There's a reason that online shopping has been made into a viral meme. The "when you order something online vs. when it arrives" trope is so universally known that it's been applied everywhere you can think of, from pop stars to politicians. The joke format perfectly encapsulates expectation as opposed to reality but in a pretty much universally accessible human experience.

Even though the joke has been seen before, sometimes there's a particular example which perfectly captures the internet's attention this week...

There's nothing like a bit of retail therapy.

While it's never a long-term solution to a low mood or high stress, there's no denying shopping can be good fun.

And nowadays, we have even more access to shopping.

Because you can actually make purchased all from the comfort of your own home, without even having to leave.

It just takes a matter of clicks.

And then masses of parcels can turn up at your front door - sort of like it's Christmas morning, except you bought everything yourself.

It can be pretty exciting.

Not only is the process of receiving something in the mail great fun, but you can often discover you've found something perfect.

But online shopping isn't perfect.

There's a certain aspect which makes it prone to a few more mistakes than shopping in-store. Because you never actually know precisely what you're getting.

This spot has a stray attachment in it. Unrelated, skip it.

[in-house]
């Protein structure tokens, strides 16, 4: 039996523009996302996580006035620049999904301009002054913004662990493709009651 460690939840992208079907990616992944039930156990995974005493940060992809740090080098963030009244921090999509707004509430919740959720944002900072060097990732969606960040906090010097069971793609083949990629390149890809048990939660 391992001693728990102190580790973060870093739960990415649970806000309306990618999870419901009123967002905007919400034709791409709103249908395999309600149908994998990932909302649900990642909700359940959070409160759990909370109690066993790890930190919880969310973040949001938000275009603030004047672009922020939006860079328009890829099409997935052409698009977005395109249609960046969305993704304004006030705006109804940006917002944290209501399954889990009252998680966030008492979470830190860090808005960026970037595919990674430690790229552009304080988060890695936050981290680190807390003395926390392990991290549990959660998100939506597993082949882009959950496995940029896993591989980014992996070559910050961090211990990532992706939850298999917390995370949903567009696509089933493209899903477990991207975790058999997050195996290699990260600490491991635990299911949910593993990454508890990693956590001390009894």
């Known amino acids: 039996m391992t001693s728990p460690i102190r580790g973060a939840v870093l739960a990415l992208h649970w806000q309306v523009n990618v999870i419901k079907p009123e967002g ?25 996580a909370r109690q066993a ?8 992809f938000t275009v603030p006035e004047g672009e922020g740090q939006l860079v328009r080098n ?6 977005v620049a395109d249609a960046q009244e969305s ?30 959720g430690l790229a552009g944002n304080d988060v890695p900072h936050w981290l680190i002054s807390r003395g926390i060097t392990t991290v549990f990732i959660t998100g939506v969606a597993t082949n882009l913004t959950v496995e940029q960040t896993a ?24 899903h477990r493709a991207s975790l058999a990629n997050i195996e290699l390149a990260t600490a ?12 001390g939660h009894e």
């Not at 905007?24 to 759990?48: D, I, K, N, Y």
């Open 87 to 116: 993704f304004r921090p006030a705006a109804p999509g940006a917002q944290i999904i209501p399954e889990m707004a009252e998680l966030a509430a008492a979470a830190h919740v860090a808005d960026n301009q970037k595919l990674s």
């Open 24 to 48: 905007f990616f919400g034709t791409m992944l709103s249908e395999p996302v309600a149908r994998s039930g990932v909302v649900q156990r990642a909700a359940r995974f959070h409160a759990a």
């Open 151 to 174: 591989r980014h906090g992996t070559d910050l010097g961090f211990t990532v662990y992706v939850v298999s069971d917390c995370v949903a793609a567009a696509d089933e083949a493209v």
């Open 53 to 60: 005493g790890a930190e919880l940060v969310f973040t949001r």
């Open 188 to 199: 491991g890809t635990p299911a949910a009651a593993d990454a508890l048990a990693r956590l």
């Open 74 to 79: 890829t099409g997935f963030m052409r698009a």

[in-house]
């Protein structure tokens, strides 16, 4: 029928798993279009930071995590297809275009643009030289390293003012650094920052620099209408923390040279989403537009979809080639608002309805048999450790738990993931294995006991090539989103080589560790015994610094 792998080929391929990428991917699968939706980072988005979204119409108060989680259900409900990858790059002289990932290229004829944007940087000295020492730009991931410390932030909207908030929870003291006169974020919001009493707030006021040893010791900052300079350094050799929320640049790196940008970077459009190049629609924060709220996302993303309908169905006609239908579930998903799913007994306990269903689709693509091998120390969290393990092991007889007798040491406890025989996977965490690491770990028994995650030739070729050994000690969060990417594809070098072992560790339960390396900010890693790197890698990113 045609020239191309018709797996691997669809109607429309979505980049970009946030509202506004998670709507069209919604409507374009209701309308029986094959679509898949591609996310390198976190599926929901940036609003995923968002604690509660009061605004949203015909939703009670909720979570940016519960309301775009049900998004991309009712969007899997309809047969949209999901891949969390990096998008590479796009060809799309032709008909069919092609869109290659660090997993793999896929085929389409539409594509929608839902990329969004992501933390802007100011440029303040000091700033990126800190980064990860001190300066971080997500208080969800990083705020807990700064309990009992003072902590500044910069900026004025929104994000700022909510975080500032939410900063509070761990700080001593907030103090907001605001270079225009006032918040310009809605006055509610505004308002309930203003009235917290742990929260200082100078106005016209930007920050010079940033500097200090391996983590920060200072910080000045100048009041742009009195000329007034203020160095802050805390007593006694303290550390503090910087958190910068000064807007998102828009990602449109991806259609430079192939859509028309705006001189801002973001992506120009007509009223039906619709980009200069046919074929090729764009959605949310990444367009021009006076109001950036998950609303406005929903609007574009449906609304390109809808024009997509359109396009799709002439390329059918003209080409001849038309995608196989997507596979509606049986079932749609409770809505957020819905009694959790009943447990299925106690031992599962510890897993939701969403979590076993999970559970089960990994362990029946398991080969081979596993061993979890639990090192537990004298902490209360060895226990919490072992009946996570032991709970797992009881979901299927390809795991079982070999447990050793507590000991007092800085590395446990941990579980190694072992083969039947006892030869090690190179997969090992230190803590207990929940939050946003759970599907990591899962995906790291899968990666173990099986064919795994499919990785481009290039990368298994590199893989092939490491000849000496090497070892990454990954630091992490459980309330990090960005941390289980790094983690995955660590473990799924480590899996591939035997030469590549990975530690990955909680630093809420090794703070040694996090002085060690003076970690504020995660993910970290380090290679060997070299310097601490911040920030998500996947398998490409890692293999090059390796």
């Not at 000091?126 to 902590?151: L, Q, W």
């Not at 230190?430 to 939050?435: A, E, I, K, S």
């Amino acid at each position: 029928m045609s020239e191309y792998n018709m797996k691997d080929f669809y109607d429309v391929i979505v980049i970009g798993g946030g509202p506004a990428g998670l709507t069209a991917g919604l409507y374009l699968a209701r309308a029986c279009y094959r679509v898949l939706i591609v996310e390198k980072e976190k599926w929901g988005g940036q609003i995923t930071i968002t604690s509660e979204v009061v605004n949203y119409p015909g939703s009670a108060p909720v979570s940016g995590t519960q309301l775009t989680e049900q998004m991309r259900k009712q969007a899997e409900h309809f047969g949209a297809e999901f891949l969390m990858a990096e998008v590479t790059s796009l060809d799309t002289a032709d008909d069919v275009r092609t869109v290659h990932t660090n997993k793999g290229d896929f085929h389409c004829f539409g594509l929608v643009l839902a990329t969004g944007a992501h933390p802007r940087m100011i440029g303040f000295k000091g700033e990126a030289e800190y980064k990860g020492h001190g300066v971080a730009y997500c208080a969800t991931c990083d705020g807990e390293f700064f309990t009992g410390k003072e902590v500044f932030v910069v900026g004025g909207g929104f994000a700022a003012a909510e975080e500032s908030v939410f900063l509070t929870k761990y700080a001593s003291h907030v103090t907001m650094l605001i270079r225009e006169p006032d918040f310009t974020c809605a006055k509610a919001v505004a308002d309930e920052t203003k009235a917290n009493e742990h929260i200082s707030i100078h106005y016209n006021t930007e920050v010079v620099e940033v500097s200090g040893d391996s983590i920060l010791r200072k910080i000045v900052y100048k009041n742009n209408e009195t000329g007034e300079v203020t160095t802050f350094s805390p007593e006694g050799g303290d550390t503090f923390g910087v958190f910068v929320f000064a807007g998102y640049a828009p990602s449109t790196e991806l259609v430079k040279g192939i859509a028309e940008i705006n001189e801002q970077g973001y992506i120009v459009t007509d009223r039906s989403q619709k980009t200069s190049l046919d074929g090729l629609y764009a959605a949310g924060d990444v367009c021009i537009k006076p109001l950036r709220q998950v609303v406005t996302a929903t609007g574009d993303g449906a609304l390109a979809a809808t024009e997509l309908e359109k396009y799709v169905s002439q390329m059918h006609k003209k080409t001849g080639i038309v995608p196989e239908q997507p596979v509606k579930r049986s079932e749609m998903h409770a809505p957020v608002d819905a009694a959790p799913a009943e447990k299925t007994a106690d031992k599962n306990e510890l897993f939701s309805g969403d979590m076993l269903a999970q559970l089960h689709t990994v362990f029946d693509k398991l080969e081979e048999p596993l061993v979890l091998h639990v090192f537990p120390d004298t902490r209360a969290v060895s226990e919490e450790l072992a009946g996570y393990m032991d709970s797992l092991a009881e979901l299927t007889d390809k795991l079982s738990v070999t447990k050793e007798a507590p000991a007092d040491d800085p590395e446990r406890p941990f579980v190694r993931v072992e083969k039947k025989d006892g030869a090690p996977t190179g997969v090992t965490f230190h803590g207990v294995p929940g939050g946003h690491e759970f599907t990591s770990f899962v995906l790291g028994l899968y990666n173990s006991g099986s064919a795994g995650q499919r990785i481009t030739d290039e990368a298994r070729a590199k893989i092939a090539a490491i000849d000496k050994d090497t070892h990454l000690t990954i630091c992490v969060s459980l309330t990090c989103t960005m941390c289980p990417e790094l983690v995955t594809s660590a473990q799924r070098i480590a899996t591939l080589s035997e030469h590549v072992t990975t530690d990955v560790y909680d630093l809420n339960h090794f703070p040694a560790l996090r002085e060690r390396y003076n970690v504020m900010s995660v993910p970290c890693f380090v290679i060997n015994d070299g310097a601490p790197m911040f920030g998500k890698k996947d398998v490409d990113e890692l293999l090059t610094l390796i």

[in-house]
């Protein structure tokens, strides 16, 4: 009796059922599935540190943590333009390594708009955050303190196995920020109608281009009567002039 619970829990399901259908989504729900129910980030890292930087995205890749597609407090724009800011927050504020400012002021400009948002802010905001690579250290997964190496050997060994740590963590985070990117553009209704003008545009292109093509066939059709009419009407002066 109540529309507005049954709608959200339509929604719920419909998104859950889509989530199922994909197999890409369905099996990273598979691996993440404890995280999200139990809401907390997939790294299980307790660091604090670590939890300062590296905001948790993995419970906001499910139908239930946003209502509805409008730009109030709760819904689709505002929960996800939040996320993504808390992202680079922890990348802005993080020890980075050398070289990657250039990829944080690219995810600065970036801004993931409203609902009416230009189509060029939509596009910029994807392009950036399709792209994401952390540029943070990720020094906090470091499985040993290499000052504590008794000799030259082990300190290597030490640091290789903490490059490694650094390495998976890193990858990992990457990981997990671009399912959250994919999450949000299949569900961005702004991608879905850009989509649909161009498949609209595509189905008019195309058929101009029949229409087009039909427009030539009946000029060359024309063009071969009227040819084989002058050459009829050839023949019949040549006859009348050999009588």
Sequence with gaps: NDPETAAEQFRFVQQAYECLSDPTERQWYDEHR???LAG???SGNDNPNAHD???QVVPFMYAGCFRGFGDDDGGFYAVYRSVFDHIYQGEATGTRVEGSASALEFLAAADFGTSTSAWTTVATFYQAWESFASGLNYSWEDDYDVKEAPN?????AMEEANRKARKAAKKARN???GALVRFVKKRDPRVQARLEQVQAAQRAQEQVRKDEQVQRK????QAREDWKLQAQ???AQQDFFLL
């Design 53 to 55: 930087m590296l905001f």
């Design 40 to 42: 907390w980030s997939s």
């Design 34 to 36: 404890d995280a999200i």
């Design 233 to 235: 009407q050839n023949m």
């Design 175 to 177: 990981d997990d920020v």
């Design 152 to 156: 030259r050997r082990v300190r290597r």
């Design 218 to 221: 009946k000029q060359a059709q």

Which can lead to some mistakes.

And, therefore, some truly disappointing purchases. It's pretty disheartening when you make an order and end up hating everything you bought.

Sometimes, the issue can be to do with size.

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Like this hapless fellow, who ordered a mysteriously cheap paddling pool on the internet.

Sometimes, the problem is even bigger.

Like this online purchase of a blanket, which turned out to just be lengths of unwoven fibers.

Furniture, too, can pose problems.

The moral of the story is, if a price looks too good to be true, then it probably is.

And never trust a free sample.

Because beauty products that are this small are about as useful as no beauty products at all!

Some products are clearly misrepresented.

Like this pair of "Yeezys," which look more like comedy slippers than some sought-after sneakers.

So what's the lesson?

You always have to read the description - and if there are measurements there, pay close attention to them!

And remember that you're taking a risk.

Exercising caution when online shopping is absolutely key - and well worth always bearing in mind.

The format of the joke has become inherently meme-able.

It can be applied to essentially any two comparable things now, and not just actual purchased products. And one example, in particular, has captured the internet's attention this week.

via: TikTok

via: TikTok

via: TikTok

via: TikTok

via: TikTok

via: TikTok

via: TikTok

via: TikTok

via: TikTok

via: TikTok

via: TikTok

via: TikTok

via: TikTok

via: TikTok

via: TikTok

via: TikTok

TikTok user Julia showed the pants she'd bought.

via: TikTok

Warning others to be careful if they choose to do the same.

Because when she drops to do a squat ...

via: TikTok

Something rather embarrassing happens.

Watch the full video here.

And for more online shopping disasters, scroll on ...